Most of the schools have asked the parents to send their wards on alternate days to maintain Covid protocols such as social distancing. Some schools have also decided to run two shifts in the day to reduce the class strength by half.
At-least 50 students from two south Kashmir schools including 36 students in a private school in Kulgam district and 14 in a government school in Anantnag district were found infected with coronavirus along with a handful of teachers and staff during random testing drives in schools in Kashmir over the past couple of days. Concerned parents are now requesting the government to close the schools to safeguard children’s health.
Apart from the two south Kashmir schools, which reported high number of infections among the students, two staff members of a prominent girl’s higher secondary school in Srinagar, a teacher and two students in two government schools of central Kashmir’s Budgam, a staff member and a student of a higher secondary school in north Kashmir’s Bandipora were also reported positive for the disease.
All the six schools which reported fresh infections have been closed for various durations. Two schools in the city outskirts were already closed a few days back after their staff members tested positive.
“These are scary reports and we don’t want the lives of our children to be at stake. I am confused whether to stop sending my child to school for the time being or to allow her to continue,” said Shameema, mother of a class-10 girl student in Srinagar.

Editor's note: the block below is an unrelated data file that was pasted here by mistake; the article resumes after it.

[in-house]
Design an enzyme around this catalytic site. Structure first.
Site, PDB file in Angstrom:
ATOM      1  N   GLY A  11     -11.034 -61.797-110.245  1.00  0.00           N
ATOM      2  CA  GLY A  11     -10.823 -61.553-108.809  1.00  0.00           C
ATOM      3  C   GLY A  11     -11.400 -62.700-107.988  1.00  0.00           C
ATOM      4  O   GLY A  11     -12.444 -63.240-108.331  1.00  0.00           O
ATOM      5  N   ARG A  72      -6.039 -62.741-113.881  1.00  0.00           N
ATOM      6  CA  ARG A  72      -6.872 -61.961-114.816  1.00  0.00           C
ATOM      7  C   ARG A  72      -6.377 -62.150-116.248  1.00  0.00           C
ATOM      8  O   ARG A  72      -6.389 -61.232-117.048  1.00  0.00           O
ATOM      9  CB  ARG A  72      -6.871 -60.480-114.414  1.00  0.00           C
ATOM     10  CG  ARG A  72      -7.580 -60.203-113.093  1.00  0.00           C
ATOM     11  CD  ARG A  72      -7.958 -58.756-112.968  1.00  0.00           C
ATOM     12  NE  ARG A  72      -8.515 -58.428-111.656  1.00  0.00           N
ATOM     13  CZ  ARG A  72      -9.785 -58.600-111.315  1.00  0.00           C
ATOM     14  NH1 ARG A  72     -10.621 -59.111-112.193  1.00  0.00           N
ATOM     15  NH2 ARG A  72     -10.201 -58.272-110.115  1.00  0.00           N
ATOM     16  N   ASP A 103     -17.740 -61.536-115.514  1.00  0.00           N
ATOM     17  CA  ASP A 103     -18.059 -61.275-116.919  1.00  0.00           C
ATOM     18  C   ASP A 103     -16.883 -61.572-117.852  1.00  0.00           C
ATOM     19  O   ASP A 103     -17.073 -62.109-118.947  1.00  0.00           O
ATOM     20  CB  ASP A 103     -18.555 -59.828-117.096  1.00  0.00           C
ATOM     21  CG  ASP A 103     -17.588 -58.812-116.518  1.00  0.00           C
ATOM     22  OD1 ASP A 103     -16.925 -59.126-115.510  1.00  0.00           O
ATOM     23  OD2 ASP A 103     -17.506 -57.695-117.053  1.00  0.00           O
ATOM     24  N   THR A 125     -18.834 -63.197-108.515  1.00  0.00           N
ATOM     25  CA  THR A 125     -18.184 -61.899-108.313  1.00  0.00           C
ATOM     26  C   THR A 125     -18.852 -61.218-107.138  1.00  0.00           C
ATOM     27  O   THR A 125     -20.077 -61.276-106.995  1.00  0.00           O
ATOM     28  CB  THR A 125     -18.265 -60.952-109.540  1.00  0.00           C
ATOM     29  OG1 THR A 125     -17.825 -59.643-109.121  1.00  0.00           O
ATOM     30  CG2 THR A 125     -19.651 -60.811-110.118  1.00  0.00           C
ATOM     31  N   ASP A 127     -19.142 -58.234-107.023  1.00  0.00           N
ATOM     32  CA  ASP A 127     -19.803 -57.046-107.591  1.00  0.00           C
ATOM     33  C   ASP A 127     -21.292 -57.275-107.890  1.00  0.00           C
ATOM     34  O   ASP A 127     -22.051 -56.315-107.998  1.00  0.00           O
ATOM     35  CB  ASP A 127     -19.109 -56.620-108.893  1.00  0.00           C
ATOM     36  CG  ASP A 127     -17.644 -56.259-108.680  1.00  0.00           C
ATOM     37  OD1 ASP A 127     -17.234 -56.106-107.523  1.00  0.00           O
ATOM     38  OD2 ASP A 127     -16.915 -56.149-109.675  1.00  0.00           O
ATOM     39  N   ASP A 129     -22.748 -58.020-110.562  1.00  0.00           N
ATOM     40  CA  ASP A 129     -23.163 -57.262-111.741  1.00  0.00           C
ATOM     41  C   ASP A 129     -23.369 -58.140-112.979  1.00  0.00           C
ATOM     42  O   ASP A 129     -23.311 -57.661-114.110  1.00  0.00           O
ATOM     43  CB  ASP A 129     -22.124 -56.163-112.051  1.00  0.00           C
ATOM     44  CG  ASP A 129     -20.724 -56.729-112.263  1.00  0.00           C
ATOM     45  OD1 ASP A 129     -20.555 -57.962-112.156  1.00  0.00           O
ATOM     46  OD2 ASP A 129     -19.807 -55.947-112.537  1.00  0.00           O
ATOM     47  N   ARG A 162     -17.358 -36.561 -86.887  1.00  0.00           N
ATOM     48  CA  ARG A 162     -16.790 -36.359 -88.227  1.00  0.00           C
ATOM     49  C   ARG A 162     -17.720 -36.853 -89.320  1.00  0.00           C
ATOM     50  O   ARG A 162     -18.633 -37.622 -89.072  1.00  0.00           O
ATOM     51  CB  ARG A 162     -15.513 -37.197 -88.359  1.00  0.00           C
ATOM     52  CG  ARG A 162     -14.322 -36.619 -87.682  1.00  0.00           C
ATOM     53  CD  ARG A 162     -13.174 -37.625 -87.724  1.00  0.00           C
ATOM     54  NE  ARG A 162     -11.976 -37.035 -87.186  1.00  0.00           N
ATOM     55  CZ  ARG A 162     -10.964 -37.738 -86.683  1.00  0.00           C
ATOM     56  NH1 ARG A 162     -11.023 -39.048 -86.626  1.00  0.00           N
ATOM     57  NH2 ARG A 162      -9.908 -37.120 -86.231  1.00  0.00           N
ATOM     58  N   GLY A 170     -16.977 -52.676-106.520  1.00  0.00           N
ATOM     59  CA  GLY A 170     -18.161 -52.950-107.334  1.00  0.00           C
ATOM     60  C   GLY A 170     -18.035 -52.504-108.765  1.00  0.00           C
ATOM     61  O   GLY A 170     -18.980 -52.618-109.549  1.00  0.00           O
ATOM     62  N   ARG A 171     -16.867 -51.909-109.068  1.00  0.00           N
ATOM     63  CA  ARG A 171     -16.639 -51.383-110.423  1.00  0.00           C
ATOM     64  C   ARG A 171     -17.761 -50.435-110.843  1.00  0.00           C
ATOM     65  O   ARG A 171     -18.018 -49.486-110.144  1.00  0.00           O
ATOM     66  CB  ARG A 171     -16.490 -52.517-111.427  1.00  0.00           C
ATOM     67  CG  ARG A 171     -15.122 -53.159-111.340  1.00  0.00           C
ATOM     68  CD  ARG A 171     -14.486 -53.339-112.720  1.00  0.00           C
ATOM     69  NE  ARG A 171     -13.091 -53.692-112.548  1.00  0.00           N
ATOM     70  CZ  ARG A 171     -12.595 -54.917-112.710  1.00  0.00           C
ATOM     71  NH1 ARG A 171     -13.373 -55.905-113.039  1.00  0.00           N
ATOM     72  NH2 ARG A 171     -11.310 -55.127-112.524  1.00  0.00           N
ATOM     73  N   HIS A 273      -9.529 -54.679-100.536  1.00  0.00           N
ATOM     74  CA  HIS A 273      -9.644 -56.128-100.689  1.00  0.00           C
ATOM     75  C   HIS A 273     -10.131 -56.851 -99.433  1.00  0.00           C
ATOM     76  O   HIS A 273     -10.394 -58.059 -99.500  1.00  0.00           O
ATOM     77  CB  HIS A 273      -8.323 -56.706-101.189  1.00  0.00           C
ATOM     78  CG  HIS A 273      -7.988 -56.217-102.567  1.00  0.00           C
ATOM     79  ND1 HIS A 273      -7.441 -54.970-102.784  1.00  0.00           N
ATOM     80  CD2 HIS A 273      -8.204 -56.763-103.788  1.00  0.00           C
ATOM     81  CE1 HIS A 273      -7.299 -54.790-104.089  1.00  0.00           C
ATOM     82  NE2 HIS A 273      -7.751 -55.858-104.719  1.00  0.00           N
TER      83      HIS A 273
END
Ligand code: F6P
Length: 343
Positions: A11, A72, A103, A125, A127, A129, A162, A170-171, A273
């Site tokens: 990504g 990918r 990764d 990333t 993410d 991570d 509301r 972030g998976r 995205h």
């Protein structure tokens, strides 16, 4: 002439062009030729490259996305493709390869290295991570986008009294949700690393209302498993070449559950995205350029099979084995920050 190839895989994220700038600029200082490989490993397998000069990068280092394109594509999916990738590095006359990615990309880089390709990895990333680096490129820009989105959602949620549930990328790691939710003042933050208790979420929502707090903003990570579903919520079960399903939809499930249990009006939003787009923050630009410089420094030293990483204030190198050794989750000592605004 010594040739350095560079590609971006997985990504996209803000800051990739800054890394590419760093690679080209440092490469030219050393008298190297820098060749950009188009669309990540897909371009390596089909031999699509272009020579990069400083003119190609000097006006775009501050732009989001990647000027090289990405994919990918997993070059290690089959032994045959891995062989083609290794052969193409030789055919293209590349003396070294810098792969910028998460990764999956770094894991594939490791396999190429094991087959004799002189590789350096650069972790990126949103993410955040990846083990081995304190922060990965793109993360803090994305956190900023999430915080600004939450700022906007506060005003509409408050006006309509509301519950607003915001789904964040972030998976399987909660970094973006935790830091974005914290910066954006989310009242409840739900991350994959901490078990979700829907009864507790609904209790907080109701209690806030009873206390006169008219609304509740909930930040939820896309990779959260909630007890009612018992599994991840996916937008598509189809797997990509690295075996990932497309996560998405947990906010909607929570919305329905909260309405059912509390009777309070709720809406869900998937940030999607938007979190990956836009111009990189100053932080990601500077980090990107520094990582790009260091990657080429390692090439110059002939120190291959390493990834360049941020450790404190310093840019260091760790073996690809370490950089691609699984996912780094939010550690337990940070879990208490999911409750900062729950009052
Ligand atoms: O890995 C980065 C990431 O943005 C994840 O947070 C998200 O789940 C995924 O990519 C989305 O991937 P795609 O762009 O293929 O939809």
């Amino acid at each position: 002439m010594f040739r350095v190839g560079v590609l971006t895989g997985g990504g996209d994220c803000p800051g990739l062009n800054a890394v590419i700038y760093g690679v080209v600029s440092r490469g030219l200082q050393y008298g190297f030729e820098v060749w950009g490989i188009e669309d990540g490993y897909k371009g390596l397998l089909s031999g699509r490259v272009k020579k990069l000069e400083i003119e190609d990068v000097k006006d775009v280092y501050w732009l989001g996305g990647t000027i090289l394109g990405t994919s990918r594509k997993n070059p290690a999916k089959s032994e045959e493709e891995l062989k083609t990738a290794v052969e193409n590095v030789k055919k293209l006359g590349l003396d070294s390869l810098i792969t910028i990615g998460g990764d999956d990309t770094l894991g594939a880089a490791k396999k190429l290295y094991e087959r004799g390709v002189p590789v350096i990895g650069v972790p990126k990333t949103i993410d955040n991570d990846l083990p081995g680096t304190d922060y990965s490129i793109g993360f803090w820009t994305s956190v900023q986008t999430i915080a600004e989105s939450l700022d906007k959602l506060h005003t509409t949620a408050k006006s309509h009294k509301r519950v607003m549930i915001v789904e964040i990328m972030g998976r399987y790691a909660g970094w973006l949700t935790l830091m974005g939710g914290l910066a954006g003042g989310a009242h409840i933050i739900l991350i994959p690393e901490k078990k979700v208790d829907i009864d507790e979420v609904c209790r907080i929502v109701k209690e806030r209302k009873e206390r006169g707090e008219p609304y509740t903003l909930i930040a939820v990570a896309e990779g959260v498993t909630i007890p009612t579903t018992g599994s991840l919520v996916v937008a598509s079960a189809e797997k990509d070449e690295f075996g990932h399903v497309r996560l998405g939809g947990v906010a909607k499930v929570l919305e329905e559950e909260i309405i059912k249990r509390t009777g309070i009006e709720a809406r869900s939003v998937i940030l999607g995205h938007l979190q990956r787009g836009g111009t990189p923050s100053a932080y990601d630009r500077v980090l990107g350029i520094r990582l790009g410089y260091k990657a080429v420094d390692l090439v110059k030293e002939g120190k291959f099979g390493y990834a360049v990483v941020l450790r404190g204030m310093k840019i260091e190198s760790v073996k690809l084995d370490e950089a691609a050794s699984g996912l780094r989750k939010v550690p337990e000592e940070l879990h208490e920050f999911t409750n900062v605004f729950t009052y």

The schools were opened for the students of 9th to 12th classes from March 1, 2021 and for 6th to 8th classes from March 8, almost a year after they were closed in March 2020 owing to the pandemic. The government also allowed opening of primary schools after March 15. Fresh concerns are also triggered by rapidly rising Covid-19 numbers in the Kashmir valley, particularly in capital Srinagar. For the past six days, the Union Territory has reported over 200 cases daily, ranging from 210 cases on Friday last to 373 cases on Wednesday, which was the highest daily count in 103 days.
Overall, the month of March saw 4,519 coronavirus infections in the UT, an increase of 133% compared to February, and 37 deaths. In February, there were 1,935 cases and 21 deaths.
“Many schools have closed owing to Covid. The schools were opened after a year and now they have scheduled unit examinations next week. If we don’t send our wards they will miss their exams. There is too much tension. Government should close all the schools for the time being and postpone unit exams,” said Zubaida Noor, elder sister of a class-8 student.
Most of the schools have asked the parents to send their wards on alternate days to maintain Covid protocols such as social distancing. Some schools have also decided to run two shifts in the day to reduce the class strength by half. Some schools have not yet opened primary classes.
“What shall we do? We have given a consent letter to school that they won’t be responsible in case of any health emergency. If cases continue to rise, the government should think of closing schools or ensuring that standard operating procedures (SoPs) are enforced. It is not possible for small children to follow SoPs,” said Javaid Ahmad, whose child studies in class-1.
Calls to director school education M Younis Malik and additional secretary school education department Nasir Ahmad Wani yielded no response.
A senior official of the education department told a local daily on Wednesday that the government has issued fresh guidelines suggesting schools should prefer online classes.
“The school education department will reiterate the government directions so that schools prefer online classes. We can put offline classes on hold,” he said.